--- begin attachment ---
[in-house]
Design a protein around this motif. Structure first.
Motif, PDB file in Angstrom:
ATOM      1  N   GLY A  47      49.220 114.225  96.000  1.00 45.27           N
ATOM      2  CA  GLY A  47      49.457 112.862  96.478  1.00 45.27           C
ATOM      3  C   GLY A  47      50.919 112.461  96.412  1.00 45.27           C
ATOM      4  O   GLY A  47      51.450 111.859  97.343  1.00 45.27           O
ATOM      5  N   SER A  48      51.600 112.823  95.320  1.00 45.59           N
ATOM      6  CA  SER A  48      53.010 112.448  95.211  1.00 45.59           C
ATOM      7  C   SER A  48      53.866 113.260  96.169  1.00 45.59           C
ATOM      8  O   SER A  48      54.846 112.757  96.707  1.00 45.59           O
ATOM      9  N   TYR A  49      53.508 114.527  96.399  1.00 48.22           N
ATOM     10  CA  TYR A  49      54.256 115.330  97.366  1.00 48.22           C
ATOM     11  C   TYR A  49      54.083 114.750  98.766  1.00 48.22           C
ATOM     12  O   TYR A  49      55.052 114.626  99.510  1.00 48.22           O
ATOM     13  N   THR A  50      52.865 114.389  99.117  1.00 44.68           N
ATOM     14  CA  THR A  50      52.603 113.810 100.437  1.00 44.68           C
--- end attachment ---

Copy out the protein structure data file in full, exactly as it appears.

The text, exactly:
[in-house]
Design a protein around this motif. Structure first.
Motif, PDB file in Angstrom:
ATOM      1  N   GLY A  47      49.220 114.225  96.000  1.00 45.27           N
ATOM      2  CA  GLY A  47      49.457 112.862  96.478  1.00 45.27           C
ATOM      3  C   GLY A  47      50.919 112.461  96.412  1.00 45.27           C
ATOM      4  O   GLY A  47      51.450 111.859  97.343  1.00 45.27           O
ATOM      5  N   SER A  48      51.600 112.823  95.320  1.00 45.59           N
ATOM      6  CA  SER A  48      53.010 112.448  95.211  1.00 45.59           C
ATOM      7  C   SER A  48      53.866 113.260  96.169  1.00 45.59           C
ATOM      8  O   SER A  48      54.846 112.757  96.707  1.00 45.59           O
ATOM      9  N   TYR A  49      53.508 114.527  96.399  1.00 48.22           N
ATOM     10  CA  TYR A  49      54.256 115.330  97.366  1.00 48.22           C
ATOM     11  C   TYR A  49      54.083 114.750  98.766  1.00 48.22           C
ATOM     12  O   TYR A  49      55.052 114.626  99.510  1.00 48.22           O
ATOM     13  N   THR A  50      52.865 114.389  99.117  1.00 44.68           N
ATOM     14  CA  THR A  50      52.603 113.810 100.437  1.00 44.68           C